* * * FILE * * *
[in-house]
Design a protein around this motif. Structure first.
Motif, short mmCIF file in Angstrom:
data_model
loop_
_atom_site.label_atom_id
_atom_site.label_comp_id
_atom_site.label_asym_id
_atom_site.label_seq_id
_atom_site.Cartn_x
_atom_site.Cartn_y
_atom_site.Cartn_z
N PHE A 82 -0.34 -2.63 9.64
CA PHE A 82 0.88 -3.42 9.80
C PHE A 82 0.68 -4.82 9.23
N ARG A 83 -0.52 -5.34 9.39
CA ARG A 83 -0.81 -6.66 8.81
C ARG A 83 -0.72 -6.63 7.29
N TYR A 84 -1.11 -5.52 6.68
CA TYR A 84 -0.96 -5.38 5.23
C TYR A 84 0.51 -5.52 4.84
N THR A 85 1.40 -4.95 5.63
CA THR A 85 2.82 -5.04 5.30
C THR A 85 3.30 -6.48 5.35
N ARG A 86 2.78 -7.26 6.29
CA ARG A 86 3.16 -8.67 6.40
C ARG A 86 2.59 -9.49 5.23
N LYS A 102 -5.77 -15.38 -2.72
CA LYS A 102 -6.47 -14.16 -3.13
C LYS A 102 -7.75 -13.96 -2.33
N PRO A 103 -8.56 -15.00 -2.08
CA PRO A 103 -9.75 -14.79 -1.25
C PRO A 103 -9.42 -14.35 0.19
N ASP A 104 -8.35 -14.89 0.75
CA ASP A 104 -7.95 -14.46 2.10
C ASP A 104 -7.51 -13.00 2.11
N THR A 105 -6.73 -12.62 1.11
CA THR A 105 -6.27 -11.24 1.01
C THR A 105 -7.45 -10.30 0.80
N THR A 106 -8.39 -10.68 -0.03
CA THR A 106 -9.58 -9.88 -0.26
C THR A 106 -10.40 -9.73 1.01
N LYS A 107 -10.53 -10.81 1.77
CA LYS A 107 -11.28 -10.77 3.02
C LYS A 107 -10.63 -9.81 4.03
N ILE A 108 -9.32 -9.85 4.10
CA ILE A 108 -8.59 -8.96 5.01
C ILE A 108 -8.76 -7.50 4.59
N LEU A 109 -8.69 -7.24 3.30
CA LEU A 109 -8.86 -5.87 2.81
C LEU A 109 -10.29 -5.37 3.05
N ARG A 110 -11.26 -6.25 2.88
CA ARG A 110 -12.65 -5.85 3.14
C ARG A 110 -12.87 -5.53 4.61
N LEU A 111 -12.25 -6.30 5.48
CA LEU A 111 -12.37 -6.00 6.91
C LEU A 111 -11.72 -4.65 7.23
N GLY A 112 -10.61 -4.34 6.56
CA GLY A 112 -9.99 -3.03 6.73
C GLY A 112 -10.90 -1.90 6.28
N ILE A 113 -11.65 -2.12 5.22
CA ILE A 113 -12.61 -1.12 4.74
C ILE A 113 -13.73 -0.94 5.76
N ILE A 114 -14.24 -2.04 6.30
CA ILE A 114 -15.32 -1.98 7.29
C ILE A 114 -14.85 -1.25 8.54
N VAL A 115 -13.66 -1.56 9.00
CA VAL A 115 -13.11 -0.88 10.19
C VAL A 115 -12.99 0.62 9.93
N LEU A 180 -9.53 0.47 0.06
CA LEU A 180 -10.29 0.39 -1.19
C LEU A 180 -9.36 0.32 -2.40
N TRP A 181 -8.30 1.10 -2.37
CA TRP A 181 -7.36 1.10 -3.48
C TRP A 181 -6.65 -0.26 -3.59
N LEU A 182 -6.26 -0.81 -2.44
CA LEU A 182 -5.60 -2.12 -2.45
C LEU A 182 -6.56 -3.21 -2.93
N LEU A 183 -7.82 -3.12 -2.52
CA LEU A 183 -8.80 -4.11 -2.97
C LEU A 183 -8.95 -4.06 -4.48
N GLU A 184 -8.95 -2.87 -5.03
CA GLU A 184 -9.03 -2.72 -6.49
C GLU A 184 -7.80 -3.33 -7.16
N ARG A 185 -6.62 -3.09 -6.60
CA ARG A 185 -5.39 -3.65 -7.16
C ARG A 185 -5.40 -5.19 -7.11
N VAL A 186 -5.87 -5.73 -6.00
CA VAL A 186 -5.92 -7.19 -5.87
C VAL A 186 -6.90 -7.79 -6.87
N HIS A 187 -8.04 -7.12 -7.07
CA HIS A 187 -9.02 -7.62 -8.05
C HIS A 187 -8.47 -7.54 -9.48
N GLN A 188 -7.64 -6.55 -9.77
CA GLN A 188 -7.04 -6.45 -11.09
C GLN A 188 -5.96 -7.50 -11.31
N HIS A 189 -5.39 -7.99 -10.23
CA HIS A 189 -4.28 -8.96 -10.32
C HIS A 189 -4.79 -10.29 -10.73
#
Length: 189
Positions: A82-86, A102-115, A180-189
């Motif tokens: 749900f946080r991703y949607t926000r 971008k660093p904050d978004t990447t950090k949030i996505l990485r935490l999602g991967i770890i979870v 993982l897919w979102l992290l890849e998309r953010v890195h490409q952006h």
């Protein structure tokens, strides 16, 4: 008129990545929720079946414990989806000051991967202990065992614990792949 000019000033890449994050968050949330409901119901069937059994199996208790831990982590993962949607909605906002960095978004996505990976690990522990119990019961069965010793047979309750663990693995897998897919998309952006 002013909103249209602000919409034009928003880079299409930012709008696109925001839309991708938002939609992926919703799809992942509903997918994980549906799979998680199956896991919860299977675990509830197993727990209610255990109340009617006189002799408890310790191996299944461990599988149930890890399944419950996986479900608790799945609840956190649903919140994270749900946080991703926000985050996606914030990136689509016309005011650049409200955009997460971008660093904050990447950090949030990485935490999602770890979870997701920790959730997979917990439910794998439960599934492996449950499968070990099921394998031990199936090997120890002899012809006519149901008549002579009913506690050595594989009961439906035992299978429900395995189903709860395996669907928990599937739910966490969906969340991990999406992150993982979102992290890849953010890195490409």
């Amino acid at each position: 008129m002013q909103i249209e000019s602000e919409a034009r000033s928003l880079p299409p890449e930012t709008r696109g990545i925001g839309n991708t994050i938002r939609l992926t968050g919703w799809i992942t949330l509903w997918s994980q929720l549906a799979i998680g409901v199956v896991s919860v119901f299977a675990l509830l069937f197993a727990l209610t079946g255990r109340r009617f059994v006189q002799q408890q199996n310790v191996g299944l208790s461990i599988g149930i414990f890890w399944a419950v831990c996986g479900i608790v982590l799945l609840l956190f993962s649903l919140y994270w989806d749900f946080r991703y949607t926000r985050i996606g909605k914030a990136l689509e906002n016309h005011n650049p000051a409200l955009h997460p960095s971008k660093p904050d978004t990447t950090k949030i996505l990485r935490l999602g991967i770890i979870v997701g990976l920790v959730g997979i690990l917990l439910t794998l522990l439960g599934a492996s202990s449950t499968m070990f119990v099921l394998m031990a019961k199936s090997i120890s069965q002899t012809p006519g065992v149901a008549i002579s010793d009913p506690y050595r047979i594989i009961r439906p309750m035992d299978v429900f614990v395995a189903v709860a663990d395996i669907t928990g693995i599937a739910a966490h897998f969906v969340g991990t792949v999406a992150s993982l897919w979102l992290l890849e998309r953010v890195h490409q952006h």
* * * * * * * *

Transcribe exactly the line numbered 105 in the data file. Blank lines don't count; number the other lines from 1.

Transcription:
């Amino acid at each position: 008129m002013q909103i249209e000019s602000e919409a034009r000033s928003l880079p299409p890449e930012t709008r696109g990545i925001g839309n991708t994050i938002r939609l992926t968050g919703w799809i992942t949330l509903w997918s994980q929720l549906a799979i998680g409901v199956v896991s919860v119901f299977a675990l509830l069937f197993a727990l209610t079946g255990r109340r009617f059994v006189q002799q408890q199996n310790v191996g299944l208790s461990i599988g149930i414990f890890w399944a419950v831990c996986g479900i608790v982590l799945l609840l956190f993962s649903l919140y994270w989806d749900f946080r991703y949607t926000r985050i996606g909605k914030a990136l689509e906002n016309h005011n650049p000051a409200l955009h997460p960095s971008k660093p904050d978004t990447t950090k949030i996505l990485r935490l999602g991967i770890i979870v997701g990976l920790v959730g997979i690990l917990l439910t794998l522990l439960g599934a492996s202990s449950t499968m070990f119990v099921l394998m031990a019961k199936s090997i120890s069965q002899t012809p006519g065992v149901a008549i002579s010793d009913p506690y050595r047979i594989i009961r439906p309750m035992d299978v429900f614990v395995a189903v709860a663990d395996i669907t928990g693995i599937a739910a966490h897998f969906v969340g991990t792949v999406a992150s993982l897919w979102l992290l890849e998309r953010v890195h490409q952006h």